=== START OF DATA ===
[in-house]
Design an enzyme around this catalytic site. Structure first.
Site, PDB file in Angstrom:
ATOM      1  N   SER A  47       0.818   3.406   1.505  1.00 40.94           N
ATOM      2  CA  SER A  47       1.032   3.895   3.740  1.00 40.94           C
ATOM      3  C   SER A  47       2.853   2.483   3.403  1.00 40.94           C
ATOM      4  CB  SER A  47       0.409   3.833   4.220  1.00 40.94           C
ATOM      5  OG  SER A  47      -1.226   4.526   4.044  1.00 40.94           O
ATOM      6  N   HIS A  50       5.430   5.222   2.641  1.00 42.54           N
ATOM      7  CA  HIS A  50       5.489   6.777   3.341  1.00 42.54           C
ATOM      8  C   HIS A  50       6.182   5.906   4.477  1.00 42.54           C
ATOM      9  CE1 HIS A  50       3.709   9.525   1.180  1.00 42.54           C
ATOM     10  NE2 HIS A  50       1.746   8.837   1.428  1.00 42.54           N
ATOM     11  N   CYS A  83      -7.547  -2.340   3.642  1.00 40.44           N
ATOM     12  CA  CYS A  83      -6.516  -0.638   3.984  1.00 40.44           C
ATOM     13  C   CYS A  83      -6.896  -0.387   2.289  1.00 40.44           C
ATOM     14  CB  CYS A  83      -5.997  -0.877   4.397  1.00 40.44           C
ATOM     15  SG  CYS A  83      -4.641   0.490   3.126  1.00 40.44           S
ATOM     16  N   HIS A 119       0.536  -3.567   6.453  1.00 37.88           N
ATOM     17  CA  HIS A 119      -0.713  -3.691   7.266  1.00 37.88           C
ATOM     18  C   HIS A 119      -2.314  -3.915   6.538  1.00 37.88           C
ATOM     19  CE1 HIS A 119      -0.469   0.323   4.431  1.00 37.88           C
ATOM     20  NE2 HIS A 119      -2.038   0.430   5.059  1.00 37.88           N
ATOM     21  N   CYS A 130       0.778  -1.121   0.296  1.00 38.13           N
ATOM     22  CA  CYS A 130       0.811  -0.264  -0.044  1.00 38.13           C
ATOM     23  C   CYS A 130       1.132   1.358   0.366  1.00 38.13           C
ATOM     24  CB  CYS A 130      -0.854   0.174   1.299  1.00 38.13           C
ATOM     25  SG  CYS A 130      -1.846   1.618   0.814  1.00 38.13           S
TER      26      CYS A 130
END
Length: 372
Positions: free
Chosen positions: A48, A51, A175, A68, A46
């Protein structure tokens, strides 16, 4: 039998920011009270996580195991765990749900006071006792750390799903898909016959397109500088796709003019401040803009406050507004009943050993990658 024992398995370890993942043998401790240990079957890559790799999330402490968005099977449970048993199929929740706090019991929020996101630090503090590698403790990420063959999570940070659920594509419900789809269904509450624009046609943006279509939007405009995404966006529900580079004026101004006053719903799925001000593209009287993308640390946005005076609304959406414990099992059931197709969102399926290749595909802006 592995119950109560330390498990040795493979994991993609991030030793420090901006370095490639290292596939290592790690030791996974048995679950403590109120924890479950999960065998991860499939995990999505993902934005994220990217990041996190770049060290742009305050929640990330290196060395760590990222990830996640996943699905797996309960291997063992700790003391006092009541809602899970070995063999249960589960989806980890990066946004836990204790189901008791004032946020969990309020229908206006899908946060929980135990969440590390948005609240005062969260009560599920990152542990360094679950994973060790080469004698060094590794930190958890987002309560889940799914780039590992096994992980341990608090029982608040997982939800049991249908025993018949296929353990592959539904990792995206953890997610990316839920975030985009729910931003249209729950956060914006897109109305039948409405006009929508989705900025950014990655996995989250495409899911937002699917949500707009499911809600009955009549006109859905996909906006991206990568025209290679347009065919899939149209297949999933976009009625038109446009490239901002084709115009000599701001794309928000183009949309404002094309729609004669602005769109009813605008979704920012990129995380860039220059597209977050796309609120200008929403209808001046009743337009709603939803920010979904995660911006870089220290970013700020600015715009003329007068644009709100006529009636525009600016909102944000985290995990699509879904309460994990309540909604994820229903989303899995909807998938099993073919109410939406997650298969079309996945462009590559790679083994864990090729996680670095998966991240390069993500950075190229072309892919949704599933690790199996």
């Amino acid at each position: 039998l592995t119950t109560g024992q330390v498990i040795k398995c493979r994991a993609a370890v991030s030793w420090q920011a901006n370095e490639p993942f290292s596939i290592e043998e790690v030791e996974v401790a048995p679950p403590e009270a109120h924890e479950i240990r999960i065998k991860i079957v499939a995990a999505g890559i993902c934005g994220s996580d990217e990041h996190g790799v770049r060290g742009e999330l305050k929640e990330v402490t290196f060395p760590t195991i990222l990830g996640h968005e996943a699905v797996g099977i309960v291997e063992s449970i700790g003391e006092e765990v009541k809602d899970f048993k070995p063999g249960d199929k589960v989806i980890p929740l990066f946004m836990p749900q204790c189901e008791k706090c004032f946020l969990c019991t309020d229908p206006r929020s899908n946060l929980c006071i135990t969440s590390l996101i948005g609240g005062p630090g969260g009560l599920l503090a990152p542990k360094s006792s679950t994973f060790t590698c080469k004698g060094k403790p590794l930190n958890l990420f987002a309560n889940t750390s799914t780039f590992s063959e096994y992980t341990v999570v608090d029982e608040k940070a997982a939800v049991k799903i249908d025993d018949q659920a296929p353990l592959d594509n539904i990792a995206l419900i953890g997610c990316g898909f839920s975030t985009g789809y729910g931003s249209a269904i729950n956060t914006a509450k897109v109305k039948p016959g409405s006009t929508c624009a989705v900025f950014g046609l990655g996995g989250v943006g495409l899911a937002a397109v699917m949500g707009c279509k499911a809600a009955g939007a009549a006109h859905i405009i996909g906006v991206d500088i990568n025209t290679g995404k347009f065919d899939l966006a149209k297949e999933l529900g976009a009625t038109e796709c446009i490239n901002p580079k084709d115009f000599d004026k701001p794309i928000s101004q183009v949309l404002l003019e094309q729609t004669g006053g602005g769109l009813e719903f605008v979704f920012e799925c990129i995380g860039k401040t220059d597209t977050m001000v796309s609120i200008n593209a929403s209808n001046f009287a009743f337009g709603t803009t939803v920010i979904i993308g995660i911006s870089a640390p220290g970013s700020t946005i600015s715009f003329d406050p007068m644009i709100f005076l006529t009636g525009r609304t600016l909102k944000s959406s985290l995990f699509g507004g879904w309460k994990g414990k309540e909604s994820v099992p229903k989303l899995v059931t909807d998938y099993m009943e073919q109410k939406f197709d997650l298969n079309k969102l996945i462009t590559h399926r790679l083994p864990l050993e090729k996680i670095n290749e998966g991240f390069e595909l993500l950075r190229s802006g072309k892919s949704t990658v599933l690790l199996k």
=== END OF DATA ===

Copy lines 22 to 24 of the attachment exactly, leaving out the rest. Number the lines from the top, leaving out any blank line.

ATOM     19  CE1 HIS A 119      -0.469   0.323   4.431  1.00 37.88           C
ATOM     20  NE2 HIS A 119      -2.038   0.430   5.059  1.00 37.88           N
ATOM     21  N   CYS A 130       0.778  -1.121   0.296  1.00 38.13           N